Having a very detailed and comprehensive lease agreement might make you seem obsessed with details, but it is always much better to be safe than sorry. If you are not experienced with the matter, hire a professional specialist if needed to assist you with the format of the lease agreement to ensure that it includes all the terms and conditions that need to be listed in your lease agreement with tenants. You need to have all the possible breaches enlisted in the contract along with their consequences. Do not assume that some terms and conditions should be a given. If a rule is not incorporated in the contracted, then its value in reality is null and you cannot enforce a term in the lease agreement should the tenant break it you must have a way to deal with.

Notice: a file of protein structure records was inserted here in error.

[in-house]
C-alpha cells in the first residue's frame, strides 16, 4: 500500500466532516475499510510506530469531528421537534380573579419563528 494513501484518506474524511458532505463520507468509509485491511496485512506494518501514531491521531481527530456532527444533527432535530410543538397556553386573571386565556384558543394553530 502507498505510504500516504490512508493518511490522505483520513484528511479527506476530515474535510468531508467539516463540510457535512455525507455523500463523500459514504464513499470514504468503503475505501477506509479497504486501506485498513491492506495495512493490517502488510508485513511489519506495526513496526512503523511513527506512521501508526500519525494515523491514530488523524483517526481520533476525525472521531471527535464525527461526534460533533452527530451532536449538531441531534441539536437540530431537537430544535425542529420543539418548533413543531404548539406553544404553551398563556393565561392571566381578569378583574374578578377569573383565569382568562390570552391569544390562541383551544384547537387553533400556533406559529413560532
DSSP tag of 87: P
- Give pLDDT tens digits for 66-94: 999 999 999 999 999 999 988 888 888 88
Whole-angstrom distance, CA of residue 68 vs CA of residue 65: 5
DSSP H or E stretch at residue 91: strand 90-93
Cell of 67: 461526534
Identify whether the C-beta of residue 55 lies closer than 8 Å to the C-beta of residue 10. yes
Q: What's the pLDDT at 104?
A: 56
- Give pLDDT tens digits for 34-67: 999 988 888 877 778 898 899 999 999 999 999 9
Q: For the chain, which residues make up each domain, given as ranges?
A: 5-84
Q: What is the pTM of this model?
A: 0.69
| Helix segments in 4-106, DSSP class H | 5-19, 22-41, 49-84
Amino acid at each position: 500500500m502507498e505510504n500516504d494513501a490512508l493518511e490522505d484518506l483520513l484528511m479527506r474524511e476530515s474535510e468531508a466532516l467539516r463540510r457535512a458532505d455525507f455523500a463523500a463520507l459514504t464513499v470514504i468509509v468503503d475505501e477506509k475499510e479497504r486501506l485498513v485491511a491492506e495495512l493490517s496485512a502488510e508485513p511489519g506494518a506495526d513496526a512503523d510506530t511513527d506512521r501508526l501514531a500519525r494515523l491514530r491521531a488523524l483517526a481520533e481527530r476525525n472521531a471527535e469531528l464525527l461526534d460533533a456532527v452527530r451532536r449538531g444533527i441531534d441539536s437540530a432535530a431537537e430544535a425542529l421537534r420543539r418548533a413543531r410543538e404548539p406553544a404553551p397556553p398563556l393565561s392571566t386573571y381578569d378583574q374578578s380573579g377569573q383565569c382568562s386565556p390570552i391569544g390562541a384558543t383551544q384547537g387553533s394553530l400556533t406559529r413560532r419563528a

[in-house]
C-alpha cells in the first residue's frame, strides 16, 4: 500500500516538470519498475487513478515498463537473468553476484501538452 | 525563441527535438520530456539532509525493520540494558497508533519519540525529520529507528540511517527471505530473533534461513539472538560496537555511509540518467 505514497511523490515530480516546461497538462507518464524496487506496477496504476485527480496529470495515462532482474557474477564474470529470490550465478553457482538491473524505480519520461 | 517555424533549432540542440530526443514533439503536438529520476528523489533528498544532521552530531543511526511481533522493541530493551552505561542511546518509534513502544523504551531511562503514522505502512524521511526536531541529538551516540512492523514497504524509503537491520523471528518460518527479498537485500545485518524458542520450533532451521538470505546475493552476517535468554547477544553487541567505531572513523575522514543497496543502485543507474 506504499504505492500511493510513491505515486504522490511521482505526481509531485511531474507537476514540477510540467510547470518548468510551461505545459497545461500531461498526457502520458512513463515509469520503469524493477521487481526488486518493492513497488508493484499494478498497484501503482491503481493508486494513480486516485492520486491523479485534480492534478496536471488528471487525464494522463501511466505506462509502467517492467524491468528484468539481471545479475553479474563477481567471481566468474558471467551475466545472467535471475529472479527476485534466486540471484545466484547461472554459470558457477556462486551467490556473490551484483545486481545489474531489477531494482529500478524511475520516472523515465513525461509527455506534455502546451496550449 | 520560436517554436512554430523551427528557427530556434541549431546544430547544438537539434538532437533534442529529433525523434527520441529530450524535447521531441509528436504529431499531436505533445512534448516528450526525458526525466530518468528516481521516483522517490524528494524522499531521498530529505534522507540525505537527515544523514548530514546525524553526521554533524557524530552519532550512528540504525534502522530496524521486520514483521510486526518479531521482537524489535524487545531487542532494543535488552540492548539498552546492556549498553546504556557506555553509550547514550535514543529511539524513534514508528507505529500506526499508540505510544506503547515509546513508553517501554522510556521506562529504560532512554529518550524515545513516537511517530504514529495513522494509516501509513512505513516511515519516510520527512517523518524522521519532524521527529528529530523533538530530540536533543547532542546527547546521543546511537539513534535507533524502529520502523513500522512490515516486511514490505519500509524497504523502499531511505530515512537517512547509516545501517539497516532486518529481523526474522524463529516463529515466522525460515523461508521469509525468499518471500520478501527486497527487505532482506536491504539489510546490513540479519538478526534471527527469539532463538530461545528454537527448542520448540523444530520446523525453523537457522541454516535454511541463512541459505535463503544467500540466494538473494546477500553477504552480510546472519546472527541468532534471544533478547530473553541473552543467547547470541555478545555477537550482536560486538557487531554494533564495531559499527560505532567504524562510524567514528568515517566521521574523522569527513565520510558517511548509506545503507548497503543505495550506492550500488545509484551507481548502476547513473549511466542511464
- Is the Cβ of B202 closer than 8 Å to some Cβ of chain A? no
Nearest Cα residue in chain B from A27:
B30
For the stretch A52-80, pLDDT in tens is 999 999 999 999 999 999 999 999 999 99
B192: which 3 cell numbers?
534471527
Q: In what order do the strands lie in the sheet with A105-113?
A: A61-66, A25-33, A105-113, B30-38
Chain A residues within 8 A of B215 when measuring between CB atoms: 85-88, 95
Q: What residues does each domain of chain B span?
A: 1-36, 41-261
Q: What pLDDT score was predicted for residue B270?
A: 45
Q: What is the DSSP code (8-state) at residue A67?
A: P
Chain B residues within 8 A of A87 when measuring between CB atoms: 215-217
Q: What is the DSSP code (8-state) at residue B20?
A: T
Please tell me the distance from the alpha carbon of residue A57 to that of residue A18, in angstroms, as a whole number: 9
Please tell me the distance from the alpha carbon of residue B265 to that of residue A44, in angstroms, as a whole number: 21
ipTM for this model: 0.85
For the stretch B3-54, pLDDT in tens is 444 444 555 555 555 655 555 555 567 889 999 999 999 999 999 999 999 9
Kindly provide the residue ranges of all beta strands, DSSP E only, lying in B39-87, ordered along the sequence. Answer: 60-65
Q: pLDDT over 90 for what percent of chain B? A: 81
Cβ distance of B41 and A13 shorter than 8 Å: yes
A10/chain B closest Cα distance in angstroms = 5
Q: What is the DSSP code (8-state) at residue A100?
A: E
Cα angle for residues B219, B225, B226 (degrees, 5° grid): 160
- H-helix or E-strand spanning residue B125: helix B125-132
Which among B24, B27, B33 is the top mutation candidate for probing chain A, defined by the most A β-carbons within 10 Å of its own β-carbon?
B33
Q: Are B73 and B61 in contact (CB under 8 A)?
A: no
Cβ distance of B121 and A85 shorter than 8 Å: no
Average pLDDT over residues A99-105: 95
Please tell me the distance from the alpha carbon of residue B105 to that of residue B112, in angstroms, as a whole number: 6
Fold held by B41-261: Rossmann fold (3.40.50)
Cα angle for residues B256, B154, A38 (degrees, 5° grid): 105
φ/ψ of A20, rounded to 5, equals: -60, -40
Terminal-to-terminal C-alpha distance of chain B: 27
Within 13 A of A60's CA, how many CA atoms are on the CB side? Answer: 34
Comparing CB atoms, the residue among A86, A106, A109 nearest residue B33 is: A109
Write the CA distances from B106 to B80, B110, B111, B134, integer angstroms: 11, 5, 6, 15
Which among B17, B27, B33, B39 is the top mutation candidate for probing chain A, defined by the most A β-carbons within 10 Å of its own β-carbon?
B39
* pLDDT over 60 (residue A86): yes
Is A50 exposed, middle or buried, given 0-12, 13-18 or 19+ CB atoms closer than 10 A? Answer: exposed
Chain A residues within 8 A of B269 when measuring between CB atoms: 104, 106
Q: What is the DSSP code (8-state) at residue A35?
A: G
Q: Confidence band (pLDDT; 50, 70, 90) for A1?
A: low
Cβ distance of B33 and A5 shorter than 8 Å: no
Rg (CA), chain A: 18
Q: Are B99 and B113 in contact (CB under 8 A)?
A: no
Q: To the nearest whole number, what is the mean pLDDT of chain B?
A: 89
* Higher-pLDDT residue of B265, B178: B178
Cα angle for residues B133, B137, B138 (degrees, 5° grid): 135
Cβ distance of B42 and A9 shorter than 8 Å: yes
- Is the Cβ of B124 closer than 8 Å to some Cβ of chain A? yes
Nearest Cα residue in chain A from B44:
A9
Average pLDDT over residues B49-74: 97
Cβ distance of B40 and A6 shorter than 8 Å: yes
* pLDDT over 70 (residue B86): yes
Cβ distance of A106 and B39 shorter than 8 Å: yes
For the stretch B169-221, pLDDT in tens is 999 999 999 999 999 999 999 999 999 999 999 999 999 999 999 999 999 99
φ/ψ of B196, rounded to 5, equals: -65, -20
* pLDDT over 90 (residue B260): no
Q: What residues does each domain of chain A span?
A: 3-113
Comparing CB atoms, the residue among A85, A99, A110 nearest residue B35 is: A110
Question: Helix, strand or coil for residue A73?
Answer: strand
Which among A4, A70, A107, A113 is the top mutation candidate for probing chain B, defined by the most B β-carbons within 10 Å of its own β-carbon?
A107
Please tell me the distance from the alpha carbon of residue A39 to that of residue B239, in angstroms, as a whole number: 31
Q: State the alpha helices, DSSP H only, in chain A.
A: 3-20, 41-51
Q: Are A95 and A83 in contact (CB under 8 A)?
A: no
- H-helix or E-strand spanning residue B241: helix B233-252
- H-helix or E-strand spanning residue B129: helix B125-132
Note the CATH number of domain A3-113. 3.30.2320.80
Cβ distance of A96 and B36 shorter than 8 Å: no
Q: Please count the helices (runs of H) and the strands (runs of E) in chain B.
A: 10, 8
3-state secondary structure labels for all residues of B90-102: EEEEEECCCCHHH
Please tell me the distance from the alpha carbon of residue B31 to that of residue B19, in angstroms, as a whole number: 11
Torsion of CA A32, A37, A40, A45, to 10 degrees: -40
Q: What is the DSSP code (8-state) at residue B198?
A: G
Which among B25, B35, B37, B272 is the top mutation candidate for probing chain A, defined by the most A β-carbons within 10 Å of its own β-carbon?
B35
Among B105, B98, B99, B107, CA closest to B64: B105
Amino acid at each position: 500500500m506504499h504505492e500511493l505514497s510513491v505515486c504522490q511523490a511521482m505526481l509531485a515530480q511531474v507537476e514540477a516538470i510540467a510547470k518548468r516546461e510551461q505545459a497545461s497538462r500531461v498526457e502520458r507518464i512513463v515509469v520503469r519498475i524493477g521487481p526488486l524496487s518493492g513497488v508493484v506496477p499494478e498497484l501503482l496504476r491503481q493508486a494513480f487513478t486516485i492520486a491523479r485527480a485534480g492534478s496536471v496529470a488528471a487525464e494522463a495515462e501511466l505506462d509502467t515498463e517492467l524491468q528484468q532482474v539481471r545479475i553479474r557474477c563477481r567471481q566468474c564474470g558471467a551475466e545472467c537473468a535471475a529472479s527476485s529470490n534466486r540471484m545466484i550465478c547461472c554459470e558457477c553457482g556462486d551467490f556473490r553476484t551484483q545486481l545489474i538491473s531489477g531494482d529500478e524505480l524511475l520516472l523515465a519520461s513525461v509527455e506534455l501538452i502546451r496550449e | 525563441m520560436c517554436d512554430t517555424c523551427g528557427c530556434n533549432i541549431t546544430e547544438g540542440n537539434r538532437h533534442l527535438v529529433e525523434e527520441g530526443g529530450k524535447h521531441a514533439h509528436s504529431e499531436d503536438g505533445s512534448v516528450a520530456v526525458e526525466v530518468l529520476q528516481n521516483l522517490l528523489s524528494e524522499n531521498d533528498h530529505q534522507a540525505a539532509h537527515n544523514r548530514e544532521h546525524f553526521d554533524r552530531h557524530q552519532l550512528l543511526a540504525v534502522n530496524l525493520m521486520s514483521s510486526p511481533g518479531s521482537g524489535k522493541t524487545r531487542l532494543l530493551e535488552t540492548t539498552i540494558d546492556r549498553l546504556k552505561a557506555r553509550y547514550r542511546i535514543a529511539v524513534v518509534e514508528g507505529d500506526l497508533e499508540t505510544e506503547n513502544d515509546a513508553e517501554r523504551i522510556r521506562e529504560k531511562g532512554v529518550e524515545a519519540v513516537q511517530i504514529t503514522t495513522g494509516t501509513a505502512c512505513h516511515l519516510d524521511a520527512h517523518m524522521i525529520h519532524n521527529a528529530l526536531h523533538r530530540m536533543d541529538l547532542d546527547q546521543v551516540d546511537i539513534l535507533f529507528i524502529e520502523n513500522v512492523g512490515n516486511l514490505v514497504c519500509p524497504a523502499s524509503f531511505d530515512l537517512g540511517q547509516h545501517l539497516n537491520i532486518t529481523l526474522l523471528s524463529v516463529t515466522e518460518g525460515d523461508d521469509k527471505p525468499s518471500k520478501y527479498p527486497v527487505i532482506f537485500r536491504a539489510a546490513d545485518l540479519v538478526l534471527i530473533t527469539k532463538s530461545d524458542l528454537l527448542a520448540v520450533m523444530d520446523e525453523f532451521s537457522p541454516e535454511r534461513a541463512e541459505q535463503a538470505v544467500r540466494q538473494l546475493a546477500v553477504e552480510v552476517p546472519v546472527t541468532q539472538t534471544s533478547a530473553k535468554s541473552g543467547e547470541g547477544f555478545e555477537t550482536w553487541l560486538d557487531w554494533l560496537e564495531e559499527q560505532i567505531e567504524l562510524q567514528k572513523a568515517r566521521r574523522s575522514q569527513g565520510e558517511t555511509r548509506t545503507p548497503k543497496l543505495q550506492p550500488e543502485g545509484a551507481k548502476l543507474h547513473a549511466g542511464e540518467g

4. Keep written records of everything
This advice can be applied to any transaction of any sorts you would take a place in, but its importance increases tenfold when it comes to real estate and properties. The most recurring issue some landlords would face is how some tenants would delay or avoid paying the monthly rent of the property on its due date. Thus, we cannot stress enough how crucial it is to keep a written record of all of your transactions you become involved in along with the tenant.

5. Check your property on consistent basis
Another important advice is to stop every now and then to check the status of your property to ensure that the tenant is not breaking any laws or causing any damage. This way, even if something happened, you will be able to deal with it in time. Live far from your property or in a different city? Some companies can help you with this on per visit basis. Bonus tip: Check your landlord insurance, it may even be required in some cases that you check the condition of your rental home and would help maintain your cover! Contact us if you need help with this!

6. Screen potential tenants